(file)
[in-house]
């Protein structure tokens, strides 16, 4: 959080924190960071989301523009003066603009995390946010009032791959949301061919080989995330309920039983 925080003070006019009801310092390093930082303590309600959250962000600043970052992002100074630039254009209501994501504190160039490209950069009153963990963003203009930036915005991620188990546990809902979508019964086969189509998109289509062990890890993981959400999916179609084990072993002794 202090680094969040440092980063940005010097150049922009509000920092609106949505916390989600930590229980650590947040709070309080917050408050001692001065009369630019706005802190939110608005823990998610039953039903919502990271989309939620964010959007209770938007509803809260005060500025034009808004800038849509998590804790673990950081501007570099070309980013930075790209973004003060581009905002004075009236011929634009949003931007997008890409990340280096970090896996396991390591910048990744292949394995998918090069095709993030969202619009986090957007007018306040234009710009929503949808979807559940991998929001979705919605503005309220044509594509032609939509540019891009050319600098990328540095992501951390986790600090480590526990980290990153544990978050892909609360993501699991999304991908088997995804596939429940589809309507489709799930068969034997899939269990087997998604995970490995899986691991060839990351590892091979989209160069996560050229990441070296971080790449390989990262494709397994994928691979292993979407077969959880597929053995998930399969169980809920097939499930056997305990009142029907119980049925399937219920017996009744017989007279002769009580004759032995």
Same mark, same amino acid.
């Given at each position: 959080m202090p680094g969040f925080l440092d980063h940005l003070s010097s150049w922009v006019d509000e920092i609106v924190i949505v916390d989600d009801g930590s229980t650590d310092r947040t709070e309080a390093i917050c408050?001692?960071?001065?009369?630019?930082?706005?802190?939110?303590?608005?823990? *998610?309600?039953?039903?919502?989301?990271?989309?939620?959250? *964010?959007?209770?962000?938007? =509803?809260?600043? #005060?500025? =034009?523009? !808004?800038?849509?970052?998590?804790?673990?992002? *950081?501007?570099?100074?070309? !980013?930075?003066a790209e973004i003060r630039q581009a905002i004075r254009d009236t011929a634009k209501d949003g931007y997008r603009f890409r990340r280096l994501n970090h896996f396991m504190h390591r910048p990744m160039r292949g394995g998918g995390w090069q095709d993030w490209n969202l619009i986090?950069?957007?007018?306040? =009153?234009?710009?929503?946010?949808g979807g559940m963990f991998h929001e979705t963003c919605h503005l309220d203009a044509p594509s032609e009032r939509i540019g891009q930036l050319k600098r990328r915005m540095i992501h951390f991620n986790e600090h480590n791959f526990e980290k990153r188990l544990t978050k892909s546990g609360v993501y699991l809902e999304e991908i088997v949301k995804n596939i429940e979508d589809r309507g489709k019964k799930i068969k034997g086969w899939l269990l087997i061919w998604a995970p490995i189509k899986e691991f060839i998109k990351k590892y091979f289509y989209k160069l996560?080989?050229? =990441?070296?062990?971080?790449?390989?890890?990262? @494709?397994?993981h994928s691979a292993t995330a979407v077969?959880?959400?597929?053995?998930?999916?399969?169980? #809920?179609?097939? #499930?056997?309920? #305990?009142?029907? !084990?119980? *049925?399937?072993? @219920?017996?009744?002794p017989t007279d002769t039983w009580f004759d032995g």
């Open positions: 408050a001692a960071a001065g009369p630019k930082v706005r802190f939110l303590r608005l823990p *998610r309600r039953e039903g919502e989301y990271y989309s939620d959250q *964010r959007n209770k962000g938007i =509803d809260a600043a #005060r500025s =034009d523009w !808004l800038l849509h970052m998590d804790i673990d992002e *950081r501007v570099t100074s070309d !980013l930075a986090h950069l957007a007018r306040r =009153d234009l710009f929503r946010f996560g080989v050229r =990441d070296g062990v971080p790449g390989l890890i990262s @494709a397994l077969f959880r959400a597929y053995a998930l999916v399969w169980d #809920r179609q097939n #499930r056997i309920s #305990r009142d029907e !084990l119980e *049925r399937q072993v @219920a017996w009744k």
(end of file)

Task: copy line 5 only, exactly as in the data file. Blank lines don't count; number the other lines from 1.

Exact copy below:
């Open positions: 408050a001692a960071a001065g009369p630019k930082v706005r802190f939110l303590r608005l823990p *998610r309600r039953e039903g919502e989301y990271y989309s939620d959250q *964010r959007n209770k962000g938007i =509803d809260a600043a #005060r500025s =034009d523009w !808004l800038l849509h970052m998590d804790i673990d992002e *950081r501007v570099t100074s070309d !980013l930075a986090h950069l957007a007018r306040r =009153d234009l710009f929503r946010f996560g080989v050229r =990441d070296g062990v971080p790449g390989l890890i990262s @494709a397994l077969f959880r959400a597929y053995a998930l999916v399969w169980d #809920r179609q097939n #499930r056997i309920s #305990r009142d029907e !084990l119980e *049925r399937q072993v @219920a017996w009744k």